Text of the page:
Two articles on PainSci cite Kuan 2007: 1. The Complete Guide to Trigger Points & Myofascial Pain 2. The Trigger Point Identity Crisis
PainSci notes on Kuan 2007:
This study constitutes good replication of a 2002 study (see Simons) identifying an association between endplate noise or spontaneous electrical activity (SEA) and the clinical phenomenon of “trigger points.” In 32 patients with trapezius trigger points, they found endplate noise at the location of the putative trigger points, but not in adjacent muscle, concluding that “The irritability of an MTrP is highly correlated with the prevalence of endplate noise in the MTrP region of the upper trapezius muscle.”
original abstract †Abstracts here may not perfectly match originals, for a variety of technical and practical reasons. Some abstacts are truncated for my purposes here, if they are particularly long-winded and unhelpful. I occasionally add clarifying notes. And I make some minor corrections.
OBJECTIVE: This study was designed to investigate the correlation between the irritability of the myofascial trigger point (MTrP) and the prevalence of endplate noise (EPN) in the MTrP region of human skeletal muscle.
DESIGN: Twenty normal subjects with latent MTrPs and 12 patients with active MTrPs in the upper trapezius muscles were recruited for this study. The patients reported the subjective pain intensity of the active MTrP (0-10). The MTrP and an adjacent non-MTrP site were confirmed and marked for the measurement of pressure pain threshold (with a pressure algometer) and the prevalence of EPN (with electromyographic recordings).
RESULTS: The prevalence of EPN in the MTrP regions was significantly higher (P < 0.01) in the active MTrPs than in the latent ones. However, no EPN could be found in the non-MTrP region near either the active or the latent MTrPs. The pain intensity and the pressure pain threshold were highly correlated with the prevalence of EPN in the MTrP region (r = 0.742 and -0.716, respectively).
CONCLUSIONS: The irritability of an MTrP is highly correlated with the prevalence of EPN in the MTrP region of the upper trapezius muscle. The assessment of EPN prevalence in an MTrP region may be applied to evaluate the irritability of that MTrP.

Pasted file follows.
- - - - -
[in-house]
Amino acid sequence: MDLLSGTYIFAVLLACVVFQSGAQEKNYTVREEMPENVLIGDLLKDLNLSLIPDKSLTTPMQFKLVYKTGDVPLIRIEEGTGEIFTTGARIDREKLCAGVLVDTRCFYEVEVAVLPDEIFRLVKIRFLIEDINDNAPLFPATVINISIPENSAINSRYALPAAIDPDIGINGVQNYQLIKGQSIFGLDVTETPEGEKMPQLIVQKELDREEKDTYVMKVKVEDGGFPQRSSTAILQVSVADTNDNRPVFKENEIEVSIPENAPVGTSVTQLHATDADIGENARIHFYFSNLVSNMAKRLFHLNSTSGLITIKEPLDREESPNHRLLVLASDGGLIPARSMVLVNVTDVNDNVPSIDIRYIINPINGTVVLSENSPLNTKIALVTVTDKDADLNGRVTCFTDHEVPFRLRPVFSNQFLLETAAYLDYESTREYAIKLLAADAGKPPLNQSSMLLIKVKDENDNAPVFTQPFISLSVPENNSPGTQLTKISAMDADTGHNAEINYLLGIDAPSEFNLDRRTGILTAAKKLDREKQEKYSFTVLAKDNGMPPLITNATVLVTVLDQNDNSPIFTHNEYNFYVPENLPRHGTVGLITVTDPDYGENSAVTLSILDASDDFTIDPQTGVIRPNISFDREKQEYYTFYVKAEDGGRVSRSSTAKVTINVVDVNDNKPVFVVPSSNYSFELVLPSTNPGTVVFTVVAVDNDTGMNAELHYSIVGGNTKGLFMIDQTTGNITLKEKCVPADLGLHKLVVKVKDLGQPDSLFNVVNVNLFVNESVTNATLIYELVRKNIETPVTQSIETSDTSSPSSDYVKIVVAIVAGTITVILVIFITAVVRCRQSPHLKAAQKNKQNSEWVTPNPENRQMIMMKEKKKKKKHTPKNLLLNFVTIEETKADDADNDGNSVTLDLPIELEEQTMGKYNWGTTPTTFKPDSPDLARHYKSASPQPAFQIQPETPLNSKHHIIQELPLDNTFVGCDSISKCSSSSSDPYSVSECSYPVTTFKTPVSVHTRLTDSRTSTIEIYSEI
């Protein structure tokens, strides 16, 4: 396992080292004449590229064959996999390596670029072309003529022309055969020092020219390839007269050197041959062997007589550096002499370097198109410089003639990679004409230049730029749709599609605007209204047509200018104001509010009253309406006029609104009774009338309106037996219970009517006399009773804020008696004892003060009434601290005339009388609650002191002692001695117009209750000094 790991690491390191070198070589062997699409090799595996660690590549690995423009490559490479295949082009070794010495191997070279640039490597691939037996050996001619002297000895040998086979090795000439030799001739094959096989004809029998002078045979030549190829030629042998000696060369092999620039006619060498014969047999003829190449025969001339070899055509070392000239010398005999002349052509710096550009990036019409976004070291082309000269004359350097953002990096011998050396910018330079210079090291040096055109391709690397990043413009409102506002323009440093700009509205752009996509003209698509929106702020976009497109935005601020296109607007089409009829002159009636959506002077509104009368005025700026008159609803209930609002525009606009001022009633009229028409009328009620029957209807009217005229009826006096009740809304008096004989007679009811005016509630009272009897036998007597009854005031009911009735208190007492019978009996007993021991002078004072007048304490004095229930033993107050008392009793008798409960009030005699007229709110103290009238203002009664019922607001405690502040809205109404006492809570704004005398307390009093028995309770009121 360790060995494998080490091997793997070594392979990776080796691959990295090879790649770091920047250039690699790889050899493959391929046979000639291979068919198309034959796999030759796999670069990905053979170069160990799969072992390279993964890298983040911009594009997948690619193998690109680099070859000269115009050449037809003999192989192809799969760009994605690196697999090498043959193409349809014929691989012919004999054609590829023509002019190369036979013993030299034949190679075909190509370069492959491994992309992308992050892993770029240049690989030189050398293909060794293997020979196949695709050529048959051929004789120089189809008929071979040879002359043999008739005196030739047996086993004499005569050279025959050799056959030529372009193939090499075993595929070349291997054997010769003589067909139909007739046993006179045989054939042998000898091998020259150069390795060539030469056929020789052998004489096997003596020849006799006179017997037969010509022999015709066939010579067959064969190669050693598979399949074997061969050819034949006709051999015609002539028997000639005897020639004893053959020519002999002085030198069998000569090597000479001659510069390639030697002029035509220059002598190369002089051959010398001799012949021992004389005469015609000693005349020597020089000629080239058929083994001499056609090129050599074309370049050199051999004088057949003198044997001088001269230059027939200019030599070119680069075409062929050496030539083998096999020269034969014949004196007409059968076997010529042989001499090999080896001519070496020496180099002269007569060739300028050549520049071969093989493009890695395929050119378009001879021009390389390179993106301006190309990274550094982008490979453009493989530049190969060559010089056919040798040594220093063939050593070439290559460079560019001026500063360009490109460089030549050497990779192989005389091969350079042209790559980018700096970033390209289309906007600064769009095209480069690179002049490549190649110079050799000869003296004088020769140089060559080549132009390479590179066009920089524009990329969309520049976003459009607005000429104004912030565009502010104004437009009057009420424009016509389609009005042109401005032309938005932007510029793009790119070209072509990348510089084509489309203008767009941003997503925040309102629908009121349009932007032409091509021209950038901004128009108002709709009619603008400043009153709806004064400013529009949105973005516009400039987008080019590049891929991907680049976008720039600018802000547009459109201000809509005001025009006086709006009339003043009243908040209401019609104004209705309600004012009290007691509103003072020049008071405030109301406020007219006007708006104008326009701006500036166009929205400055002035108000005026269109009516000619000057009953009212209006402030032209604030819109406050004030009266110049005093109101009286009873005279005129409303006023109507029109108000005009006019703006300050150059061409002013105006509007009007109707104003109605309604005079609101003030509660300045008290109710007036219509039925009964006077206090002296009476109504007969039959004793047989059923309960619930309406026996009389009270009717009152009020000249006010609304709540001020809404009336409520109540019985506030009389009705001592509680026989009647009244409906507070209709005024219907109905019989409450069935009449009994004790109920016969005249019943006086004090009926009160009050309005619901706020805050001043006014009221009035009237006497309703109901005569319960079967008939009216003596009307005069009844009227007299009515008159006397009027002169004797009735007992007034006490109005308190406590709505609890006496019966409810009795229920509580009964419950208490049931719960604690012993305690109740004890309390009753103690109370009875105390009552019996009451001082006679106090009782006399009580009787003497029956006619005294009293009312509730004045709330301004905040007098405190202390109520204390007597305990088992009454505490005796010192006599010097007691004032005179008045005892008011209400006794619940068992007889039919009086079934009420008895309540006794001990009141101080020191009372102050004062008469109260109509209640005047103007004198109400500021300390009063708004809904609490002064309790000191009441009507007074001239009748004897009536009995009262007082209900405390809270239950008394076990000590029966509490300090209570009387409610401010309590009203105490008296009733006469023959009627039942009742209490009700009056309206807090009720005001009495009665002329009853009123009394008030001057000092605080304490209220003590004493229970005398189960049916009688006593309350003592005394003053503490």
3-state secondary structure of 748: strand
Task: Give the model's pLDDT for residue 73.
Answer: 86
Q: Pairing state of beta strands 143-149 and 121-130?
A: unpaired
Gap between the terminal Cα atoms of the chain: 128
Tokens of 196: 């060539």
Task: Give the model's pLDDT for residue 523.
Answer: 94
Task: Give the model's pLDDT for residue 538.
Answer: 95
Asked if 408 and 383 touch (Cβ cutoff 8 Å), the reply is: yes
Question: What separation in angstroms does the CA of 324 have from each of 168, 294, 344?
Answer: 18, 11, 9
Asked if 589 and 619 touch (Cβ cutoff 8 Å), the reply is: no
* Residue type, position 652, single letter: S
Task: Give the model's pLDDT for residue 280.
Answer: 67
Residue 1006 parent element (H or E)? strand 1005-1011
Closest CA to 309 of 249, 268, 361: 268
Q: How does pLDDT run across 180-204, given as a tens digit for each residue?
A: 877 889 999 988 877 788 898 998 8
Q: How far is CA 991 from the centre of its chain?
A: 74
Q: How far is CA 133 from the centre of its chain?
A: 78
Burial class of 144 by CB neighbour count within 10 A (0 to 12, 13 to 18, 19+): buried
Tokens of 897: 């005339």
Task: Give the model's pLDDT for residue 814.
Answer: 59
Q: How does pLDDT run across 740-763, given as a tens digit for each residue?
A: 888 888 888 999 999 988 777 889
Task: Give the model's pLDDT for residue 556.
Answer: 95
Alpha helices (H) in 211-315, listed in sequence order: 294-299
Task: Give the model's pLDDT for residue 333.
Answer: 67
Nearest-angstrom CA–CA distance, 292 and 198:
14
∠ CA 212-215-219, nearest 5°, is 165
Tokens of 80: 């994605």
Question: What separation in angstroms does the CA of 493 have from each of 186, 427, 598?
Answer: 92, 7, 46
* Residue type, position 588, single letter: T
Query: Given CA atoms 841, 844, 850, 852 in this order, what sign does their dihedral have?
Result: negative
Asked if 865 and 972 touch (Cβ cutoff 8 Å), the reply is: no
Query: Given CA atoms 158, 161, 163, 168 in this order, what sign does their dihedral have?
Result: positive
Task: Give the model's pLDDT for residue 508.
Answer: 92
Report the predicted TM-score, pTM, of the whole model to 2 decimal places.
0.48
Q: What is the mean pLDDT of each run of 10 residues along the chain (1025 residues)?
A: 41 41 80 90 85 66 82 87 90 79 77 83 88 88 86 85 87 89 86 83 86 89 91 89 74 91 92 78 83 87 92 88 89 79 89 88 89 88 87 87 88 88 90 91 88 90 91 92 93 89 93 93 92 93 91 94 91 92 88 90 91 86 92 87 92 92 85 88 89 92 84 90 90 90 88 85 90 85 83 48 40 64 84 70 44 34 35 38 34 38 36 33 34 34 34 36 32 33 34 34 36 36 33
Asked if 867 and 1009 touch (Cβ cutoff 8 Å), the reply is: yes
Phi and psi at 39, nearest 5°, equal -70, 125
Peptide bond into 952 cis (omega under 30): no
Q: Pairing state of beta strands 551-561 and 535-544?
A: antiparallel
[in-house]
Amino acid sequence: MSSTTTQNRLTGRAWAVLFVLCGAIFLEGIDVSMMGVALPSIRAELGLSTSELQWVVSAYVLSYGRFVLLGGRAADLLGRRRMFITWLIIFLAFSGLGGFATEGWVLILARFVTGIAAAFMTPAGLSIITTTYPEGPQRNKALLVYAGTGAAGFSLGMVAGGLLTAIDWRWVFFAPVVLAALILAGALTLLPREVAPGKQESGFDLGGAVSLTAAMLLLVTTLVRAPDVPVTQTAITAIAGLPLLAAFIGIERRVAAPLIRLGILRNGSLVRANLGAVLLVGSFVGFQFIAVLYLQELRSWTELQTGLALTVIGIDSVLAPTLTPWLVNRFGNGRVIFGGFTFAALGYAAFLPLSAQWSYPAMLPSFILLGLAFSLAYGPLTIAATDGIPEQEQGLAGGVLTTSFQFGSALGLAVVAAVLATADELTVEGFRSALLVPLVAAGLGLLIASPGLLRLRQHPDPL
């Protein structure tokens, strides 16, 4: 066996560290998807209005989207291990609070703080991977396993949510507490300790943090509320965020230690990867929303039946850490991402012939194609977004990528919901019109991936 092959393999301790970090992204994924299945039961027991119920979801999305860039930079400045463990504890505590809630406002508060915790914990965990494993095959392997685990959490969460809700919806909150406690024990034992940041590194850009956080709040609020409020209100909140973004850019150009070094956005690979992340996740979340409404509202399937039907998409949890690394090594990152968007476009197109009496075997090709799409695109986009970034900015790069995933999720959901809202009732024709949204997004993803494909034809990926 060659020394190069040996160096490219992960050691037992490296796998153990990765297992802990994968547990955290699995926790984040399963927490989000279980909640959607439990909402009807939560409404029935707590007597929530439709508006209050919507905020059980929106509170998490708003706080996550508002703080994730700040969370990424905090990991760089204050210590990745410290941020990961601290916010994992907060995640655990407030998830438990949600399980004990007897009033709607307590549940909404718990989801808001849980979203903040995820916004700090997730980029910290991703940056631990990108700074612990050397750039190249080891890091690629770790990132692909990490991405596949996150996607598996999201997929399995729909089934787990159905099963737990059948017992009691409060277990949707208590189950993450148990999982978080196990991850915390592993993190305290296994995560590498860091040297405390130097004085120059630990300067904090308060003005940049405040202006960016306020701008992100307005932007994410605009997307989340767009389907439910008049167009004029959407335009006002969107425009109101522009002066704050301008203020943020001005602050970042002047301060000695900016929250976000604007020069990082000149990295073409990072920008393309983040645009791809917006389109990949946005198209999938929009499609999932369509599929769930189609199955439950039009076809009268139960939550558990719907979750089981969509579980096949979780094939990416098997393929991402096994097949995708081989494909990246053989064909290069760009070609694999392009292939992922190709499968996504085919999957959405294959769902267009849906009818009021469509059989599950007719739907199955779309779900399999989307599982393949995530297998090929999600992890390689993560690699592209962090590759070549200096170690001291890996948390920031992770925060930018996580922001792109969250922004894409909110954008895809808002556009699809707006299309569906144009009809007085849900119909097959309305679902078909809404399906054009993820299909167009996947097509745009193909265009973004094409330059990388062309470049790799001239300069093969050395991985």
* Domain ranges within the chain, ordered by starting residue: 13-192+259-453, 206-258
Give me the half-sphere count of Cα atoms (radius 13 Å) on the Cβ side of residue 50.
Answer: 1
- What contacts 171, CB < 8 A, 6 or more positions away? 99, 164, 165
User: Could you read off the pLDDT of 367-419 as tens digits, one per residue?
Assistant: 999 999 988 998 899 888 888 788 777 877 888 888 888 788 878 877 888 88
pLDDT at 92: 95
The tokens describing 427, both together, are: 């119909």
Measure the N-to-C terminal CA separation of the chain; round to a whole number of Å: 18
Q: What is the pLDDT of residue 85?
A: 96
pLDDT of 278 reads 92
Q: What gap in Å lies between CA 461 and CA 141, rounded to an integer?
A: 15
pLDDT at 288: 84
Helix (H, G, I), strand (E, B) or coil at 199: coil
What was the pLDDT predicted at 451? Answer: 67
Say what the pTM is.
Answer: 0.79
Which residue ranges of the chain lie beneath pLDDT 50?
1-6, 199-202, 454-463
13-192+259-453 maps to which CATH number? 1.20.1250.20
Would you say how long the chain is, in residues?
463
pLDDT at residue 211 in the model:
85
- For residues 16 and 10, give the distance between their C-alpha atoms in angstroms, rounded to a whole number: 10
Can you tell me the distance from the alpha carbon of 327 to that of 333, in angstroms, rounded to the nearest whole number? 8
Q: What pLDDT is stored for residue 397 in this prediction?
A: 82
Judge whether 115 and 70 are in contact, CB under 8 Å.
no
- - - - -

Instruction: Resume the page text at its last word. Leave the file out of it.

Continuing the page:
- “Endplate potentials are common to midfiber myofacial trigger points,” David G Simons, Chang-Zern Hong, and Lois Statham Simons, Am J Phys Med Rehabil, 2002.
- “Spinal cord mechanism involving the remote effects of dry needling on the irritability of myofascial trigger spots in rabbit skeletal muscle,” Yueh-Ling Hsieh, Li-Wei Chou, Yie-San Joe, and Chang-Zern Hong, Archives of Physical Medicine & Rehabilitation, 2011.
- “Myofascial trigger points: spontaneous electrical activity and its consequences for pain induction and propagation,” Hong-You Ge, César Fernández-de-Las-Peñas, and Shou-Wei Yue, Chin Med, 2011.
This page is part of the PainScience BIBLIOGRAPHY, which contains plain language summaries of thousands of scientific papers & others sources. It’s like a highly specialized blog. A few highlights:
- Photobiomodulation therapy is not better than placebo in patients with chronic nonspecific low back pain: a randomised placebo-controlled trial. Guimarães 2021 Pain.
- No effect of creatine monohydrate supplementation on inflammatory and cartilage degradation biomarkers in individuals with knee osteoarthritis. Cornish 2018 Nutr Res.
- The CANBACK trial: a randomised, controlled clinical trial of oral cannabidiol for people presenting to the emergency department with acute low back pain. Bebee 2021 Med J Aust.
- Relationships Between Sleep Quality and Pain-Related Factors for People with Chronic Low Back Pain: Tests of Reciprocal and Time of Day Effects. Gerhart 2017 Ann Behav Med.
- Modulation in the elastic properties of gastrocnemius muscle heads in individuals with plantar fasciitis and its relationship with pain. Zhou 2020 Sci Rep.